What food is there to eat in Thailand?

What food is there to eat in Thailand

From Pad Thai to Fruit Shakes! – What food to eat in Thailand

Whether you are a lifelong committed Vegan or a bug eating backpacker, Thailand will satisfy your taste-buds & cater for your culinary wishes.
You will not be disappointed by what’s on offer, from street food to top restaurants at peanut prices, there really is something for every occasion.

Many people have something they don’t like, or choose not to consume for health reasons,
so learning the key Thai phrases will serve you well.
Being able to request none (or a little) sugar, milk or MSG for example, for some, is really important for nutritional needs.
‘Nik Noi’ is Thai for ‘a little’, ‘Mai Sai’ means ‘none in/on’.

If you are sensitive to spice, you may want to speak up when you order!

Even requesting no spice can often lead to a face flushing hot rush of a dining experience!
Oh boy do the Thai’s like to spice things up in the kitchen!
Combined with the hot & humid weather, be prepared to sweat!

Again, for some, spice is a big no, so just brush up on those basic words,
a little phrasebook or just a few notes with key words can go a long way.
It’s great etiquette to at least attempt to speak in the native tongue when you are a visitor, the attempt, no matter how terrible, will be appreciated
& you are much more likely to be granted your request!

The appreciative face of a Thai local when you ask for something in their mother tongue is so worth the effort,
communication speaks volumes, it really does.
The little things, like asking where the toilet is, is much better received in broken, newly learnt Thai, than a foreign language.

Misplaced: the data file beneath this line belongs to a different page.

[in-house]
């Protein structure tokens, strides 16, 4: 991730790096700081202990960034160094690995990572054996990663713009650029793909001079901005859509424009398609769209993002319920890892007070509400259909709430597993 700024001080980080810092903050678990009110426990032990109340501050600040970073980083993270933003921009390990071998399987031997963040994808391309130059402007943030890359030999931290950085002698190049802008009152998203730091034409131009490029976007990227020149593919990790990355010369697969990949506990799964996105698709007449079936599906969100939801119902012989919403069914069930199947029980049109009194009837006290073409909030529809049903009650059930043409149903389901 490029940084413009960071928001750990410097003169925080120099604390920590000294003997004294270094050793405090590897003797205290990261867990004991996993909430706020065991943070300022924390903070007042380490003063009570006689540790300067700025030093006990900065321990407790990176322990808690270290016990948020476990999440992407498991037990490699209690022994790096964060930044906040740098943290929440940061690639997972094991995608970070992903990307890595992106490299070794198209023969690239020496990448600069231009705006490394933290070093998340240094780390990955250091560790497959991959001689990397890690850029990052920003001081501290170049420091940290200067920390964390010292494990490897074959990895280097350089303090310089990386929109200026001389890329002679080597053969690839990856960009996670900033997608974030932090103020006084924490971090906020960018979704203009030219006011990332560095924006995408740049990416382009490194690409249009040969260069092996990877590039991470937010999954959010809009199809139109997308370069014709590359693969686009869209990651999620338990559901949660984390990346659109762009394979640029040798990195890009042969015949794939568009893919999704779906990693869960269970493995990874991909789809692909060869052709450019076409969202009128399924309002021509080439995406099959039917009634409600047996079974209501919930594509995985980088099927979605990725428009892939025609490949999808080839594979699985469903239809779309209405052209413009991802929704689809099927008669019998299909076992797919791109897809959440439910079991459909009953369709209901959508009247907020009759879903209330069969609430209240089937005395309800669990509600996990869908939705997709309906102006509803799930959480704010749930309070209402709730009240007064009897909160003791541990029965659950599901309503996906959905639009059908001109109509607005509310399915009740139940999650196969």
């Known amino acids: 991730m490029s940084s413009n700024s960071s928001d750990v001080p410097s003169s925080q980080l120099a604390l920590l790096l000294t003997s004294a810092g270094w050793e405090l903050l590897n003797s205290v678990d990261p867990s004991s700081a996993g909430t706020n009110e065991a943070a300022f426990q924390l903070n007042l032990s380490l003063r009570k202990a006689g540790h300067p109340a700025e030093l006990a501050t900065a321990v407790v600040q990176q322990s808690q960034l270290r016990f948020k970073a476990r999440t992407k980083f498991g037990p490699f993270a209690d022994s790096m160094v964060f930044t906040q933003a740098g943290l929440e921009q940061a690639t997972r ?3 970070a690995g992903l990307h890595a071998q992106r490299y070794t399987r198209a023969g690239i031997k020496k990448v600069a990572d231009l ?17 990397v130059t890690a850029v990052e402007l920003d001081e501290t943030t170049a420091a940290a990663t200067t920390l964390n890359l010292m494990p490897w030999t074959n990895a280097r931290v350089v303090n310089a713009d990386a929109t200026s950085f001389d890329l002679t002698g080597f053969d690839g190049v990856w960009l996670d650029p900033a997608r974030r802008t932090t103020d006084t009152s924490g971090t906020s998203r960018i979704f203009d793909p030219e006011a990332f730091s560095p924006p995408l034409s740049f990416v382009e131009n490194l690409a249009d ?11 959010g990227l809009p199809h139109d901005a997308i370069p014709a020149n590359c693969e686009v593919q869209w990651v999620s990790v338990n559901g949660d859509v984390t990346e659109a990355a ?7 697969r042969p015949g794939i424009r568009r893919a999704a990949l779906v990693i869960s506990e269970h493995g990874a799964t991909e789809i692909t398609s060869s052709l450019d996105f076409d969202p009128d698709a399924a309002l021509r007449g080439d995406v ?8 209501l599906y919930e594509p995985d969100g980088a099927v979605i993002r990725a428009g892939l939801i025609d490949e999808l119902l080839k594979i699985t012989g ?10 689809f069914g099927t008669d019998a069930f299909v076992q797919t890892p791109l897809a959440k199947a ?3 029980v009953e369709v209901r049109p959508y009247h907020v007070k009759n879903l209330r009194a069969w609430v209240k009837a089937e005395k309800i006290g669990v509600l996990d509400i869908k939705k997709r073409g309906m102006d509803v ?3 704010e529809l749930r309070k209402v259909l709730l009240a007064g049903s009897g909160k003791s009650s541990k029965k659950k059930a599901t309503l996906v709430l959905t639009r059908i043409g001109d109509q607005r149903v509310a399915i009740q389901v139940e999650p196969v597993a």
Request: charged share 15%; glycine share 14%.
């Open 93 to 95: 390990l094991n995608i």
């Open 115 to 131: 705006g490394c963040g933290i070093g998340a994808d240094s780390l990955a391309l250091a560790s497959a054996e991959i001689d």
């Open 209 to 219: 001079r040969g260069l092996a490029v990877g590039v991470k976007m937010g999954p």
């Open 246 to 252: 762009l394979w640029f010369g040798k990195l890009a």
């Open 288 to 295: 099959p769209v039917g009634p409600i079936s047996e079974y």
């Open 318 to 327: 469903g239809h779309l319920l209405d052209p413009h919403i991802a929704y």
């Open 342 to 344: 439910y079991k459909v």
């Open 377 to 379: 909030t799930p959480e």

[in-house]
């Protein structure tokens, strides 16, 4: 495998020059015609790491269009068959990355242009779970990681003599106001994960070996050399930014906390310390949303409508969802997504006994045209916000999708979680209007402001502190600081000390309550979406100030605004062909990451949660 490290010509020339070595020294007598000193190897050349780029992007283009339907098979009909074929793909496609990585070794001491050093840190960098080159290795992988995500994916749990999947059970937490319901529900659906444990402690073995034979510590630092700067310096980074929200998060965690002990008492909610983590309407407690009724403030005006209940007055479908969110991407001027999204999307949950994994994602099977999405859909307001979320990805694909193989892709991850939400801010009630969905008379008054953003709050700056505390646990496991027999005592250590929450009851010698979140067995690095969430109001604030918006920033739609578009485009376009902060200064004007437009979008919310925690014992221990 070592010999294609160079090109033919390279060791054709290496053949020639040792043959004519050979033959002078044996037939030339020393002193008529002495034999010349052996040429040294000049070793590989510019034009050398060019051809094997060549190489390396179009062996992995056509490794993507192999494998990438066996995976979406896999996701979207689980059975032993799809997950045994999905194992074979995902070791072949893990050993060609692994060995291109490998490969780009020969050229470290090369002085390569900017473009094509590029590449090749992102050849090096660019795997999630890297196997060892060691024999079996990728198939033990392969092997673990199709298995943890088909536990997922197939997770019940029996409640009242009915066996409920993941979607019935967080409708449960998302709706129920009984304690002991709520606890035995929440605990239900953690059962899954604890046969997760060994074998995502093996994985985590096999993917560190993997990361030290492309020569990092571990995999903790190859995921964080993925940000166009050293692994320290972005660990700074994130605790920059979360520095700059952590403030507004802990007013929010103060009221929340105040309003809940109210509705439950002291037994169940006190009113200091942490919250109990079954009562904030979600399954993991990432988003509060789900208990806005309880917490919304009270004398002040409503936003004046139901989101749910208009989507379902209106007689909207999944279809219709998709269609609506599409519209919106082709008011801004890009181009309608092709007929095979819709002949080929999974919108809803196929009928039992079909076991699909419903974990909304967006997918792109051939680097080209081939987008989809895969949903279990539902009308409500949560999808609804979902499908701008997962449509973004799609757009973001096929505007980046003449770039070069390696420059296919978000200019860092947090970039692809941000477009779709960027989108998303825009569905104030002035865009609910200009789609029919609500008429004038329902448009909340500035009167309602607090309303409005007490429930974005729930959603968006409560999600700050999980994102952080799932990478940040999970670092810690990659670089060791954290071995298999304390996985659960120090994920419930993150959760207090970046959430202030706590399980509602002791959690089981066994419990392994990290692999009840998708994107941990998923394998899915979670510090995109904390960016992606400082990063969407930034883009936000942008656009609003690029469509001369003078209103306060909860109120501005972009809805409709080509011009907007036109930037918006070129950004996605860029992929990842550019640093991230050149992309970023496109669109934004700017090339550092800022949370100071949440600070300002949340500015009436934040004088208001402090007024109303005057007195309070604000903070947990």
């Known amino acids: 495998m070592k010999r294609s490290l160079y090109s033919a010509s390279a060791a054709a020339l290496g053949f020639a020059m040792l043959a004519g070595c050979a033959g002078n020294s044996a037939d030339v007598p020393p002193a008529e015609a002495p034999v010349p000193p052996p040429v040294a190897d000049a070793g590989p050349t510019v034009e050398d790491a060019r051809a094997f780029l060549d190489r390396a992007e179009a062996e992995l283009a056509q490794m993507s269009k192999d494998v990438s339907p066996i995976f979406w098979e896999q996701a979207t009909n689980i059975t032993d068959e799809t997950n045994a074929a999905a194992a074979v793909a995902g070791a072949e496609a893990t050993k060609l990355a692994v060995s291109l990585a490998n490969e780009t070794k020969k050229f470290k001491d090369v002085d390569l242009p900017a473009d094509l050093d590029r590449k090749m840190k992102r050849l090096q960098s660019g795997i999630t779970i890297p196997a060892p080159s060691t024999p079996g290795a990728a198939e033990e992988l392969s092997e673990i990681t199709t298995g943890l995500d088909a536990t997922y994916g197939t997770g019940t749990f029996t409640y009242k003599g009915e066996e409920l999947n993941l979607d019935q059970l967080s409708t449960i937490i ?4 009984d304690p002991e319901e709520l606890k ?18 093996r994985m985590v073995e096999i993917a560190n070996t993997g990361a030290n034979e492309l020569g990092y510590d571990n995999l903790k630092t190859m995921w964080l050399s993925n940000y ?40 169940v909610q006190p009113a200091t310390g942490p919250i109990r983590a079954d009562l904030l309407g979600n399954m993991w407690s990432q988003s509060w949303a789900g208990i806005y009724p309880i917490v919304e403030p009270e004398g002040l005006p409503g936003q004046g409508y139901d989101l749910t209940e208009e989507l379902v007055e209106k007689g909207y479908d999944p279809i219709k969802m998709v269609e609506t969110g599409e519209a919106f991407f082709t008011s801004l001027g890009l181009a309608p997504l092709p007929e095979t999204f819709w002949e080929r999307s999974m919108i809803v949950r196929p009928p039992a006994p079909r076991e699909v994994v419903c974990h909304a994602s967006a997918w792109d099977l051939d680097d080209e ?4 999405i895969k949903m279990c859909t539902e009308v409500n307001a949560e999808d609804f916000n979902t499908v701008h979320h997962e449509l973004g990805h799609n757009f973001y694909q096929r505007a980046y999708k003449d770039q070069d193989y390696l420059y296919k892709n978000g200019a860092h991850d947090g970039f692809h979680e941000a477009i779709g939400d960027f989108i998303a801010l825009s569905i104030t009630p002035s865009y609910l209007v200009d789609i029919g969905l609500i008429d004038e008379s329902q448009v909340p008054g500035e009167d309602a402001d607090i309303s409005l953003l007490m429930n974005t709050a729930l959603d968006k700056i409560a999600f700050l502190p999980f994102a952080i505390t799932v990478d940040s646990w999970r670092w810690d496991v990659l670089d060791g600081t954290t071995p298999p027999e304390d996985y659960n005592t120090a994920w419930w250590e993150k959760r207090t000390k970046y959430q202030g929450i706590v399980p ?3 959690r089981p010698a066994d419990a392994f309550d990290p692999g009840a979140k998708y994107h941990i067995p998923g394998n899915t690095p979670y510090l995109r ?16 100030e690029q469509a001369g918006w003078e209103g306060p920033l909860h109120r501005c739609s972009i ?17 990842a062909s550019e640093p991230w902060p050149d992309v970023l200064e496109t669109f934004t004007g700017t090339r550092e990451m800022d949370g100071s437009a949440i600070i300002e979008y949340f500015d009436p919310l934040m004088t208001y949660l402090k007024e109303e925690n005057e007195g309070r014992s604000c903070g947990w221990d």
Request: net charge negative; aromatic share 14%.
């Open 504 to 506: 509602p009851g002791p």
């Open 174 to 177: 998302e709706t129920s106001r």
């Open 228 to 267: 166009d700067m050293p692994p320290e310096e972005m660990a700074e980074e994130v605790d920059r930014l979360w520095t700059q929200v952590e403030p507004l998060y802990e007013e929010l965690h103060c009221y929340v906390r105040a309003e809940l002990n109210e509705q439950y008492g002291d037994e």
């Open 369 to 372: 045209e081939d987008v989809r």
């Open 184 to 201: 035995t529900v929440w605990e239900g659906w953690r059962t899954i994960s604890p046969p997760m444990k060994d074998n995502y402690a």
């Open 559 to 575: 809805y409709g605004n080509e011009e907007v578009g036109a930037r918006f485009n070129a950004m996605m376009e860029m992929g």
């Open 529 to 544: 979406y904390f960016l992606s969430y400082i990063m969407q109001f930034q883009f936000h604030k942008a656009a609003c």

Hong Naam’ means toilet!

Just like spice is added to all savoury meals as standard, with additional pots on the side to turn up the heat even more,
sugar is also added in abundance to most sweet dishes. As if mango sticky rice wasn’t sweet enough, don’t be surprised when the syrup comes out!

If you are watching the calories or just don’t want to keep consuming excessive amounts of this refined sweetness, be sure to speak up when ordering!
You wouldn’t necessarily expect a truck load of sugar & syrup to be added to a fruit smoothie as standard, but in Thailand it generally is,
so to avoid crunching down on those sugars with your first gulp, voice your preference & you’ll be satisfied with your purchase!

The Thai word for sugar is ‘Nam Tam’, so asking for no sugar in your fruit shake would be like so; ‘Mai Sai Nam Tan’, be polite & add ‘Ka’ to the end,
it’s kind of like thank you, it softens the request!

Fruit in Thailand

The Mango’s in Thailand are amongst the tastiest in the world, so incredibly fresh & flavoursome. There are plenty of opportunities to taste the classic dessert that is Mango sticky rice, be it on the side of the street or served up after a massage!
It’s sweetness a real delight, a dessert gratefully received!

The fruits available in Thailand are so weird & wonderful, with so many unrecognisable kinds on the markets, the sides of the streets, or growing freshly in the gardens of restaurants. Tasting as many as possible can become a bit of a game,
the biggest dare is to taste the local delicacy, the Durian fruit,
you’ll smell it from a distance, it’s potency lingers in the air for minutes after is wafted past in a strangers bag.
It’ actually banned in some establishments, this isn’t just down to its foul smell.
It’s known to attract giant ants, so as a caution,
its sometimes strictly banned!

Locals are known to love it, tourists will generally be half & half, love it or hate it. If you hate it, even brushing your teeth won’t rid the taste from the back of your throat, you’ll forever remember the pungent aroma!